The most immediate impact: On July 1 paychecks will contract, as almost every employee will move from paying 5 percent into the pension plan to 7 percent. Workers this year get a one-time $750 bonus to help smooth the transition.

But many said they're worried about the smaller paychecks.

"I have to work a little longer when I could be home baking," said Dorothy Peterson, 39, a 19-year veteran at the state Department of Assessments and Taxation. "The way this economy is going, you're going to need every penny and then some."

Other employees, like Rob Wagner, saw the increase in contributions as a reasonable way to rescue the system. "It's a pension system that's overwhelmed," said Wagner, who joined DHMH's information technology staff from the private sector five years ago.

State workers have already had three years of furloughs. This year government offices will be shuttered for several days, but workers will be paid on those days.

Another change current employees will one day feel: Their cost-of-living benefit will become less generous. Currently the COLA is tied to inflation and capped at 3 percent, a ceiling that has been hit eight times since 1990.

Under the new plan, the COLA would be tied to inflation and capped at 1 percent. If the plan's investment returns meet the target, currently 7.75 percent, the COLA would be capped at 2.5 percent.

The most profound cluster of changes won't impact current workers. Those hired after July 1 of this year will have to wait 10 years until they are vested in the plan and can draw benefits. Those currently employed by the state only need to wait five years.

The retirement age changes too, but only for newly hired workers. Current employees can retire after 30 years at any age or once they reach 62 with at least five years on the job. Future employees will have to wait until they are 65 to retire (with 10 years on the job), or they can leave when their years of work plus their age equals 90.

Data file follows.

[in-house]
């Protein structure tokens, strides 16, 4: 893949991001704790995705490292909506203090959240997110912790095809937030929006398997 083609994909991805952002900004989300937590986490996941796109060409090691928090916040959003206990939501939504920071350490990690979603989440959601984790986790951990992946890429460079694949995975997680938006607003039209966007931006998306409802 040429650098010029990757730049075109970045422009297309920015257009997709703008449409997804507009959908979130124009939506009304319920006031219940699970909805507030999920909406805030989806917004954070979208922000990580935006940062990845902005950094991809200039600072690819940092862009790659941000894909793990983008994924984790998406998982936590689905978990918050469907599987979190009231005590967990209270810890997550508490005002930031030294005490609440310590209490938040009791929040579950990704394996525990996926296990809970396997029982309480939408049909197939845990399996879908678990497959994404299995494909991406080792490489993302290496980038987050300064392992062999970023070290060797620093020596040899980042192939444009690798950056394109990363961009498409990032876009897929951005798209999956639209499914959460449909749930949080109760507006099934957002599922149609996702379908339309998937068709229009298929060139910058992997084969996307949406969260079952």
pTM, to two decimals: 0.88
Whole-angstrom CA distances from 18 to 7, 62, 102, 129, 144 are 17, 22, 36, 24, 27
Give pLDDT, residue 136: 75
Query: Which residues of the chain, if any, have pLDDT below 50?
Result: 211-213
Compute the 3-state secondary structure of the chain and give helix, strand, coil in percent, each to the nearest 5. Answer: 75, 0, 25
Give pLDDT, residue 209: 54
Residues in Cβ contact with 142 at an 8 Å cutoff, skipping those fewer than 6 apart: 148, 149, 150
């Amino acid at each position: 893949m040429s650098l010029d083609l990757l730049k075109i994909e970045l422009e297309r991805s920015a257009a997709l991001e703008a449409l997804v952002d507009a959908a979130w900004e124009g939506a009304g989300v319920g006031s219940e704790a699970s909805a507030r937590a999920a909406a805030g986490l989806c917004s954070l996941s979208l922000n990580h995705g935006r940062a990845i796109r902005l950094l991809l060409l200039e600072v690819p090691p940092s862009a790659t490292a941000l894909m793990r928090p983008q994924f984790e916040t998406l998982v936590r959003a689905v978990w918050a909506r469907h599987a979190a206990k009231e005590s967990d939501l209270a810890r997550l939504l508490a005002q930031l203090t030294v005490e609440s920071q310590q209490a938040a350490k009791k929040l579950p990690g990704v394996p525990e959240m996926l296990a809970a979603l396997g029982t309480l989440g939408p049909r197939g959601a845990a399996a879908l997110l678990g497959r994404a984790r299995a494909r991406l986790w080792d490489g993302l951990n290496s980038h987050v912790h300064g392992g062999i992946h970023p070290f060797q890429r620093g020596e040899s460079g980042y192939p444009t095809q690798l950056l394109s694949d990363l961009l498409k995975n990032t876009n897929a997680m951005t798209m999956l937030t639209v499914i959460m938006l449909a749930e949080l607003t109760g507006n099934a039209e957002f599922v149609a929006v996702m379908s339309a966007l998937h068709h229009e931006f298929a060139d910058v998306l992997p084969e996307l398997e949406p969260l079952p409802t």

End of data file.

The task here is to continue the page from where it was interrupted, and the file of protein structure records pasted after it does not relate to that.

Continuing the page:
Thomas Young, a 62-year-old state worker, is skeptical about the reason for increasing the age, saying that the state is "hoping people will be deceased prior to being able to receive retirement."

The most controversial shift in the plan also only applies to new employees. The proposal would create a two-tiered system where new hires will calculate their pension checks by multiplying their years of service by 1.5. Current workers will keep their 1.8 multiplier.

New employees will also have to work for 25 years before they are eligible for the full health care benefit. Currently, workers receive the full benefit after 16 years of work.

Retirees are worried that the increased prescription drug cost will cut into their fixed incomes. Retired teachers, on average, receive $1,483 a month from the state. Retired workers receive an average of $940 a month.

Under the new plan they'll have to pay 25 percent of the premium instead of 20 percent. Their co-pays increase. And the cap for annual drug costs goes to $1,500 for a single worker and $2,000 for a family. Now the cap is $700.